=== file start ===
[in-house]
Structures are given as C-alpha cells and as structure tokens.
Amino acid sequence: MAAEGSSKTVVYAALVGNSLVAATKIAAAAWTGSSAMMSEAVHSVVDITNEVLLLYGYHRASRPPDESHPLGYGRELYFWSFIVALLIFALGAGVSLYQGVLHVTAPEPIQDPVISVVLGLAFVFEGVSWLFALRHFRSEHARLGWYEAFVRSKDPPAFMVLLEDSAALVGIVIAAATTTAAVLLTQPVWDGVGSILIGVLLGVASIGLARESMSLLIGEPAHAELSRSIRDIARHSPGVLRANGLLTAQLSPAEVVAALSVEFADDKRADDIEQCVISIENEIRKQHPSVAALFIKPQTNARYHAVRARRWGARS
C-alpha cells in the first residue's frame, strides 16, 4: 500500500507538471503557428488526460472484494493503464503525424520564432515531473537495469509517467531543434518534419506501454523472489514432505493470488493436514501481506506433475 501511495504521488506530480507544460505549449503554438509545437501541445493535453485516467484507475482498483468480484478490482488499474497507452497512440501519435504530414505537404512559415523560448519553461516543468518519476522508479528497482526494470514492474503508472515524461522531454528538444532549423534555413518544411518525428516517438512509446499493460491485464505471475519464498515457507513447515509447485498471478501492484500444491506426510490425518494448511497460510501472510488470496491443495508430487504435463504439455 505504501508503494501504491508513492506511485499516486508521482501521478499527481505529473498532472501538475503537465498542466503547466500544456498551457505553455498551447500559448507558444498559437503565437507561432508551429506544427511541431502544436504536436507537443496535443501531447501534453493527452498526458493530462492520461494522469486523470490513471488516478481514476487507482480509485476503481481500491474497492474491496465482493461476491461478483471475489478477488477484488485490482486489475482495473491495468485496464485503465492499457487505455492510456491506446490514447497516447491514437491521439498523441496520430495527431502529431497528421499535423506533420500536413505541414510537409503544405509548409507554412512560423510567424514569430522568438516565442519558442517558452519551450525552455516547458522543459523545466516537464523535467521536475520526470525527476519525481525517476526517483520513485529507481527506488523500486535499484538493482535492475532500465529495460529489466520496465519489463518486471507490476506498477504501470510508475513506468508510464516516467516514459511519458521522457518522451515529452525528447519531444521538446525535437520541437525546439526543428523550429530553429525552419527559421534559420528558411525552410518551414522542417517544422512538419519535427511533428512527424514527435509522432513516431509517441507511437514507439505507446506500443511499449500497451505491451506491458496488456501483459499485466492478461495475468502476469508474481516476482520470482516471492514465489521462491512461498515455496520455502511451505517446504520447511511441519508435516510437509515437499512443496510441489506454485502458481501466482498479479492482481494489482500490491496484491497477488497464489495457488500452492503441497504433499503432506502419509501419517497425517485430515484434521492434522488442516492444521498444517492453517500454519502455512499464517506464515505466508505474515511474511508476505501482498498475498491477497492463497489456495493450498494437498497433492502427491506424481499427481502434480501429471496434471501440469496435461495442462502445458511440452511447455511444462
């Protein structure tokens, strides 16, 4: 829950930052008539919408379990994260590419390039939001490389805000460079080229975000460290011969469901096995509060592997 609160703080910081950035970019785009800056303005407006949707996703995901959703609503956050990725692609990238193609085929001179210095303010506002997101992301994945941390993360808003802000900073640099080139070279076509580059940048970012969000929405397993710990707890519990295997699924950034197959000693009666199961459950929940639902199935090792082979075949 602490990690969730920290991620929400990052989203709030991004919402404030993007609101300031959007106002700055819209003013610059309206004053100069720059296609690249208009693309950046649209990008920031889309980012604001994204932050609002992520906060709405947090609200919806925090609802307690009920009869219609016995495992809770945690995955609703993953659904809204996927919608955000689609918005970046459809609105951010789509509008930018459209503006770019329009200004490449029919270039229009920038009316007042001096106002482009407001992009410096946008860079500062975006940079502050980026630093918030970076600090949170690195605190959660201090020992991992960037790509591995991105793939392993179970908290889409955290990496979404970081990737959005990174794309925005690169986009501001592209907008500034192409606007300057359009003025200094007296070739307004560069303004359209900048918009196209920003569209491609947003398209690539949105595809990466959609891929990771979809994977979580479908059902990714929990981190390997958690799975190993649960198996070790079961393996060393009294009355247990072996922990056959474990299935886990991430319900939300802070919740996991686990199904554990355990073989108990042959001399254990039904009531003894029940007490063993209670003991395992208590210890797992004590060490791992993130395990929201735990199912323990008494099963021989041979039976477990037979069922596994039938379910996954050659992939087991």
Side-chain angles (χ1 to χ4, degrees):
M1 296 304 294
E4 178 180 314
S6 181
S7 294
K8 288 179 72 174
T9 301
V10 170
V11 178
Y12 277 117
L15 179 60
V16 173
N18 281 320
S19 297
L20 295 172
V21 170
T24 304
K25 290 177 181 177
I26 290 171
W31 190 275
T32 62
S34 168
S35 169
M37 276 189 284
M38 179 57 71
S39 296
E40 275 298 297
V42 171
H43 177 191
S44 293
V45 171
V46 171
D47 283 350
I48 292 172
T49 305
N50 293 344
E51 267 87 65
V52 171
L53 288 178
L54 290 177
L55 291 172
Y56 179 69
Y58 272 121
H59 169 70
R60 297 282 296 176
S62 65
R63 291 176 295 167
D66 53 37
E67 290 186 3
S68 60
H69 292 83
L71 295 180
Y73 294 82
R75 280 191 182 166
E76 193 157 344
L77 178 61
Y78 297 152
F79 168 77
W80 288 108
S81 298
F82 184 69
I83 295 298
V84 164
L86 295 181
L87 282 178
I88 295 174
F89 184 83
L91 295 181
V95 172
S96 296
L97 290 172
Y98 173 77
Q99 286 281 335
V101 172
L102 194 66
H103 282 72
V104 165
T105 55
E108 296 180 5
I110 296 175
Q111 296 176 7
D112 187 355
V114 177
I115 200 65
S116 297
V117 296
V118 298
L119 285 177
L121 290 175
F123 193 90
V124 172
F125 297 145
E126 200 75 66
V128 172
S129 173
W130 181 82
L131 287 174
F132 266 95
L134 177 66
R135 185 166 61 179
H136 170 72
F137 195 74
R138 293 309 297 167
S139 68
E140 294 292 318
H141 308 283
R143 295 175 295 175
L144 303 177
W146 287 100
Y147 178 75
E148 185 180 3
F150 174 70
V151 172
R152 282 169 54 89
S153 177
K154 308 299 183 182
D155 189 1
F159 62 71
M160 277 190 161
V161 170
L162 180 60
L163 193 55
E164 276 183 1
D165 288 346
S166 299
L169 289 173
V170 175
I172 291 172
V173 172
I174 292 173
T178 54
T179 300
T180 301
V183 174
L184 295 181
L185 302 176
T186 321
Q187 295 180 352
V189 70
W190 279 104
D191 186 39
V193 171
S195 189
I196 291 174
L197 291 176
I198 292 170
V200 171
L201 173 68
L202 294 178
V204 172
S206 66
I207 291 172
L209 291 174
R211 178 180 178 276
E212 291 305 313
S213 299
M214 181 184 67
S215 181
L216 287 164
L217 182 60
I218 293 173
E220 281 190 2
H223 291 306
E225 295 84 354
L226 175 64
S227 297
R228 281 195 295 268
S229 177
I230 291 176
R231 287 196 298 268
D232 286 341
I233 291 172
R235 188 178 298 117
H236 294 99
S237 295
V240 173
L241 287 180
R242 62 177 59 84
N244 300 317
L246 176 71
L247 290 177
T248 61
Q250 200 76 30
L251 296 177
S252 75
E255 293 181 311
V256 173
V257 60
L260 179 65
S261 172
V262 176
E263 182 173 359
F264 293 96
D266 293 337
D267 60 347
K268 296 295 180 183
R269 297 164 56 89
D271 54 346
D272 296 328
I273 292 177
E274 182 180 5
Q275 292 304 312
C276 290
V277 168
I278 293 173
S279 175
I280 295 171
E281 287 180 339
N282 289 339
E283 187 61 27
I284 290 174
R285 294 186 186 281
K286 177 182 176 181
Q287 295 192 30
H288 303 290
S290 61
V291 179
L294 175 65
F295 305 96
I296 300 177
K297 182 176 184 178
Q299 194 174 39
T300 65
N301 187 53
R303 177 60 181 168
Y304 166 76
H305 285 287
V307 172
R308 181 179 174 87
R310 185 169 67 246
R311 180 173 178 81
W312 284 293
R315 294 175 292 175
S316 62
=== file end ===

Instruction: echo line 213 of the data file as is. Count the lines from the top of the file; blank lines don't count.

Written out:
E281 287 180 339